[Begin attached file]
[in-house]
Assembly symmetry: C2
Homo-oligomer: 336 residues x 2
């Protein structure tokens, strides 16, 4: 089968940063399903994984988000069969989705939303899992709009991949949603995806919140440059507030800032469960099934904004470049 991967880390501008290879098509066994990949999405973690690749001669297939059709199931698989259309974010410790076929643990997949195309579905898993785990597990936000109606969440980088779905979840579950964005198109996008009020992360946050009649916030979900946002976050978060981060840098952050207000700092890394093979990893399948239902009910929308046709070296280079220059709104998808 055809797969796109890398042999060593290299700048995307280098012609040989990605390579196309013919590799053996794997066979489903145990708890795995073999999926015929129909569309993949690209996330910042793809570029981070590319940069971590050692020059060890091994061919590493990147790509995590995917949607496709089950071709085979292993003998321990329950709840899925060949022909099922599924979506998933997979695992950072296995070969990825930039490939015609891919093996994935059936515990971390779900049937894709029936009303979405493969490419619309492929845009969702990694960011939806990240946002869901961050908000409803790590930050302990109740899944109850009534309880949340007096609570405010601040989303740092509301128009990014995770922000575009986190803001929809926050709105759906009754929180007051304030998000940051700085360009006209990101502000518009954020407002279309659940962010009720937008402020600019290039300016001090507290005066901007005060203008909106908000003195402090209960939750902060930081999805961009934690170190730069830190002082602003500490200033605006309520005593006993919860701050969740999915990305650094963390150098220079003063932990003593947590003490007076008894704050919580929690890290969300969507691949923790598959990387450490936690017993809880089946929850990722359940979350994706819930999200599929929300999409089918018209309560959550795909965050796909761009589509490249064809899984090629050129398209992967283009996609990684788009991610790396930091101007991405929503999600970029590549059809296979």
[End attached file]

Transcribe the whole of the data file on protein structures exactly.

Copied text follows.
[in-house]
Assembly symmetry: C2
Homo-oligomer: 336 residues x 2
């Protein structure tokens, strides 16, 4: 089968940063399903994984988000069969989705939303899992709009991949949603995806919140440059507030800032469960099934904004470049 991967880390501008290879098509066994990949999405973690690749001669297939059709199931698989259309974010410790076929643990997949195309579905898993785990597990936000109606969440980088779905979840579950964005198109996008009020992360946050009649916030979900946002976050978060981060840098952050207000700092890394093979990893399948239902009910929308046709070296280079220059709104998808 055809797969796109890398042999060593290299700048995307280098012609040989990605390579196309013919590799053996794997066979489903145990708890795995073999999926015929129909569309993949690209996330910042793809570029981070590319940069971590050692020059060890091994061919590493990147790509995590995917949607496709089950071709085979292993003998321990329950709840899925060949022909099922599924979506998933997979695992950072296995070969990825930039490939015609891919093996994935059936515990971390779900049937894709029936009303979405493969490419619309492929845009969702990694960011939806990240946002869901961050908000409803790590930050302990109740899944109850009534309880949340007096609570405010601040989303740092509301128009990014995770922000575009986190803001929809926050709105759906009754929180007051304030998000940051700085360009006209990101502000518009954020407002279309659940962010009720937008402020600019290039300016001090507290005066901007005060203008909106908000003195402090209960939750902060930081999805961009934690170190730069830190002082602003500490200033605006309520005593006993919860701050969740999915990305650094963390150098220079003063932990003593947590003490007076008894704050919580929690890290969300969507691949923790598959990387450490936690017993809880089946929850990722359940979350994706819930999200599929929300999409089918018209309560959550795909965050796909761009589509490249064809899984090629050129398209992967283009996609990684788009991610790396930091101007991405929503999600970029590549059809296979």